A transport operator says the narrow stretch of road where seven people were killed in a head-on collision with a lorry leaves no room for human error.

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Lower speeds on SH1 are not the answer

Halls Group Transport director Brett Hamilton said SH1 is an arterial road and the government should invest in making it safer, especially the corridor between Picton and Blenheim.

He said all road freight navigates this section of road and when something goes wrong, “there’s just no reason to give in”.

He said the barriers would be ideal and he would like to see them used on many national highways.

Practical measures were needed to try to improve infrastructure and physical barriers between oncoming vehicles “is a huge step in that direction” to avoid head-on collisions.

Some of the country’s roads have been built over difficult terrain, Hamilton said.

“Certain areas certainly need huge improvements and investments to improve the infrastructure to better cater for freight tasks and the different modes of vehicles that operate on the network.”

He said SH1 should not have its speed limit reduced to 80km/h as it would be another check that distracted motorists from the task of driving safely.

“We need an efficient freight corridor and we need to invest in improving this infrastructure.”

Prioritized list for median barriers

Waka Kotahi said there was no median barrier at the crash site south of Picton as barriers were installed first.

The New Zealand Transport Agency has previously said the last fatality on the 1.5km section between Freeths Rd and Lindens Rd was in 2012 and there have been no serious injuries since then.

The full 26km from Picton to Blenheim had left five people dead and 21 seriously injured since 2012.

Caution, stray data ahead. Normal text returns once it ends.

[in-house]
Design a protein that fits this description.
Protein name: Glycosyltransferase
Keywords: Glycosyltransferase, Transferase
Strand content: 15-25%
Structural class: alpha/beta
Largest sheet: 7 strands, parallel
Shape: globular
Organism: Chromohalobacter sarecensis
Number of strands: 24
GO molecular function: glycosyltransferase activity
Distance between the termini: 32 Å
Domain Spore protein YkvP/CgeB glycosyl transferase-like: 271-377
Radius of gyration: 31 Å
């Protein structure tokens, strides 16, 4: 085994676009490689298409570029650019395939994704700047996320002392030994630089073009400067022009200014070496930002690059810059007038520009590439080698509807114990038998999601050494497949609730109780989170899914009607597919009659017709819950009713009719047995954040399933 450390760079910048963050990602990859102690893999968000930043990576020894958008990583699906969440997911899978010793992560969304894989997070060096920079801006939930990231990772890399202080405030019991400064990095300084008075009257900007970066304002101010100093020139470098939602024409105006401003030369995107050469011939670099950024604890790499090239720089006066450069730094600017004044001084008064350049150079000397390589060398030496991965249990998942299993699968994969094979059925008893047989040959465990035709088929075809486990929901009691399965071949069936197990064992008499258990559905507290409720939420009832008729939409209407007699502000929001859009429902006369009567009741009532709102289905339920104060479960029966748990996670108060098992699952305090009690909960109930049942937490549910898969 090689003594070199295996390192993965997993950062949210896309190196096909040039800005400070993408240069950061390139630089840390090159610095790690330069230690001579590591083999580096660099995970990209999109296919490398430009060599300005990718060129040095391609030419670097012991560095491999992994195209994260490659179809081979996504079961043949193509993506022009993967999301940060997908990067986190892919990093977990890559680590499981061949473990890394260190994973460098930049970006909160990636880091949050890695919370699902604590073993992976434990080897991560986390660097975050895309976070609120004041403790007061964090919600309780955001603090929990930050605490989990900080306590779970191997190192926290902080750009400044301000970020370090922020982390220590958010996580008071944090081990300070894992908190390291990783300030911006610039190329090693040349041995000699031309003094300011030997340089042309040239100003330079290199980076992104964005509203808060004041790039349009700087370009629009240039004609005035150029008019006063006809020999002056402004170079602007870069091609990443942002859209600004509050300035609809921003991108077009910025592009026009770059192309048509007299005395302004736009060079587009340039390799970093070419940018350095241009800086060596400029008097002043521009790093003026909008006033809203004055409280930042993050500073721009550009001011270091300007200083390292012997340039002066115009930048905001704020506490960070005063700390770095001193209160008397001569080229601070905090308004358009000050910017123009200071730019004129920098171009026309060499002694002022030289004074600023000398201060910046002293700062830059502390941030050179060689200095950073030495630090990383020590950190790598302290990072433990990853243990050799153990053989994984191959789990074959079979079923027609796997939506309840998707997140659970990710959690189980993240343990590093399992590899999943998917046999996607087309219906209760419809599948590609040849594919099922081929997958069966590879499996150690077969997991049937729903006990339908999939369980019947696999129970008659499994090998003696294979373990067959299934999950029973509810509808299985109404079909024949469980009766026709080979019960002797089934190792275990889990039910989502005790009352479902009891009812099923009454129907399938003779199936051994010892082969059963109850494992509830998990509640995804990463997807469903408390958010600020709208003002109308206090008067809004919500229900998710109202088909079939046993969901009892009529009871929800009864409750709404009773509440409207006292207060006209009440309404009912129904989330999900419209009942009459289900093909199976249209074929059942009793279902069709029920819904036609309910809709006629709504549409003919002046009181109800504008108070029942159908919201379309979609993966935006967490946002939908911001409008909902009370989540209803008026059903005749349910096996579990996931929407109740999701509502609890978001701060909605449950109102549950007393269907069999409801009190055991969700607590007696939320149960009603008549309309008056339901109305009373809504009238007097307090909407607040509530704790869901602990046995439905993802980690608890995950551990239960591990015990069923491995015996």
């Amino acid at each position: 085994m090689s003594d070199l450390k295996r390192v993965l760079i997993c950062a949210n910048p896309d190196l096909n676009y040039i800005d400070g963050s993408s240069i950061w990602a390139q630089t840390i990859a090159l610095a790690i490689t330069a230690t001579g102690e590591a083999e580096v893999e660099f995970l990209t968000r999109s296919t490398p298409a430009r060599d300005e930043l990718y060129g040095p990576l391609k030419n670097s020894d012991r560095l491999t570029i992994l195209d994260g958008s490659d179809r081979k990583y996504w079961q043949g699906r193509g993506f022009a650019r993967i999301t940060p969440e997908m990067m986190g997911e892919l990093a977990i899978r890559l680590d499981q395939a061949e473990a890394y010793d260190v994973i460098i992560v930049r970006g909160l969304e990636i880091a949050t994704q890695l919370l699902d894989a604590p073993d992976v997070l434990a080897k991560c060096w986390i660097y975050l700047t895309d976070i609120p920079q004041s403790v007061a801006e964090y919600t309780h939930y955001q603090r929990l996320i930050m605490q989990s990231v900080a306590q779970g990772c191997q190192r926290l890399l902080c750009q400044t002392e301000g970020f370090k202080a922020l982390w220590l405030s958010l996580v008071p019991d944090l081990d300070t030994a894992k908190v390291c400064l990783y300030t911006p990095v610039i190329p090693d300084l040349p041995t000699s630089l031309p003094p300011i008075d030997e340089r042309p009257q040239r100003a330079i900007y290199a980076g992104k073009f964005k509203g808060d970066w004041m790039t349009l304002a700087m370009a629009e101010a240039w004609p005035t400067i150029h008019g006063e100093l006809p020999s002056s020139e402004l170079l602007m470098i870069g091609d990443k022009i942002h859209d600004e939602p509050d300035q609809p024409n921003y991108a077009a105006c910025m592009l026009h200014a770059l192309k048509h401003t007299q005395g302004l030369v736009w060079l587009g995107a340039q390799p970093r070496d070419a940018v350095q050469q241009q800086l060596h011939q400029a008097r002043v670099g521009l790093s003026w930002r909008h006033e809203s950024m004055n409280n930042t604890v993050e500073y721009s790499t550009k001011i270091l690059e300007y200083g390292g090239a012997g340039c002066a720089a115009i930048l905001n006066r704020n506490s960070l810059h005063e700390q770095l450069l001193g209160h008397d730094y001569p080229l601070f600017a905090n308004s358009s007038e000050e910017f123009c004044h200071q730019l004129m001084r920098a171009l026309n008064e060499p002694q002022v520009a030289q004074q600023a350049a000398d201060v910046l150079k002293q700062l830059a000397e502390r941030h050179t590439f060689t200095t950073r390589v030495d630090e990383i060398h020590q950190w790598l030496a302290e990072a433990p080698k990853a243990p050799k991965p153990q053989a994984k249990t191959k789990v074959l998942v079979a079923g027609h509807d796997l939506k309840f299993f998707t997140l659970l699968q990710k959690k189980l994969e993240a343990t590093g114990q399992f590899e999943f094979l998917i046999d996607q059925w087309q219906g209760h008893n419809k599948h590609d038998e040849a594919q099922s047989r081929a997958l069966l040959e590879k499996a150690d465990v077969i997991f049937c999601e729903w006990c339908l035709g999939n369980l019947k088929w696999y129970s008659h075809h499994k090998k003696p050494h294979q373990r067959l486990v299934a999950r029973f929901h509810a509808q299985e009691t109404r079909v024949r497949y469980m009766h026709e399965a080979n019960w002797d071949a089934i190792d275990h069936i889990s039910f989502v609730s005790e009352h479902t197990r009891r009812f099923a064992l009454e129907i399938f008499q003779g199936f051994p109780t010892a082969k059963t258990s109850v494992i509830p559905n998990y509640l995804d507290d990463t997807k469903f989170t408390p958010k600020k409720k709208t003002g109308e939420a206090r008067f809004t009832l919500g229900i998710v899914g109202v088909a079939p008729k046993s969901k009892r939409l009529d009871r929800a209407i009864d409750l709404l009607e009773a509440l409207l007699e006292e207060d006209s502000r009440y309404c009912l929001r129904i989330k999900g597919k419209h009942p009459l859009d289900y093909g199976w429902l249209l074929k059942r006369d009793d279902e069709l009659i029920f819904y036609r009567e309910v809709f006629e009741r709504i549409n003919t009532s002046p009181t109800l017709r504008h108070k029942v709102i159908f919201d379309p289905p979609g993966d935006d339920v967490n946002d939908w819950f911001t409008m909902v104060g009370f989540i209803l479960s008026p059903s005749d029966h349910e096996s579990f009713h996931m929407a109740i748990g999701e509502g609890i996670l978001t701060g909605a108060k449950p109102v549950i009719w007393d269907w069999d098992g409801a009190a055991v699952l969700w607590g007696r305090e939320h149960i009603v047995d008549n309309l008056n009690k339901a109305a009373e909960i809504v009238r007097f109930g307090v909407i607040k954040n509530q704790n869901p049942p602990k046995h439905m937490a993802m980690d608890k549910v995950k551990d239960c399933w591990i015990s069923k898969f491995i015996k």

By comparison, he said median barriers were installed on the Centennial Freeway north of Wellington after 17 people died and 15 were seriously injured.

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“Security Interventions [including median barriers] are prioritized based on risk,” he said.

The agency said it spent $2.5 million on 27km of side barriers between Picton and Blenheim between 2013 and 2016.

A technical assessment of road speed limits was carried out earlier this year.

“The results of this assessment, along with a national risk-based speed management plan being developed by Waka Kotahi, will inform any future decisions on speed limit changes for this section of SH1.”

“A wonderful young man”

Pukehoke High School in South Auckland is in mourning after one of its year 10 pupils, Mark Legud, died in the tragic crash near Picton on Sunday.

The boy’s older brother, Luie Legud, who is in Year 11 at the school, survived the crash and is in hospital in Wellington.

He is one of only two survivors.

Pukekohe Secondary School Principal Richard Barnett said the school community is coming together to support each other.

The staff did their best to support students and staff who knew the brothers particularly well.

A Grade 10 assembly will be held this afternoon to try to help these students and more assemblies will be held later in the week.

Staff members were unanimous in congratulating the family and the school wanted to do all it could to support them in the weeks to come.

“We do this through our advisory team, our teachers came together and rallied around pupils who know these two boys well yesterday and a number of teaching assistants were also able to offer their support.”

He described Mark as “a wonderful young man”, “a fantastic citizen of the school” who “had a bright future ahead of him”.

“It’s absolutely tragic.”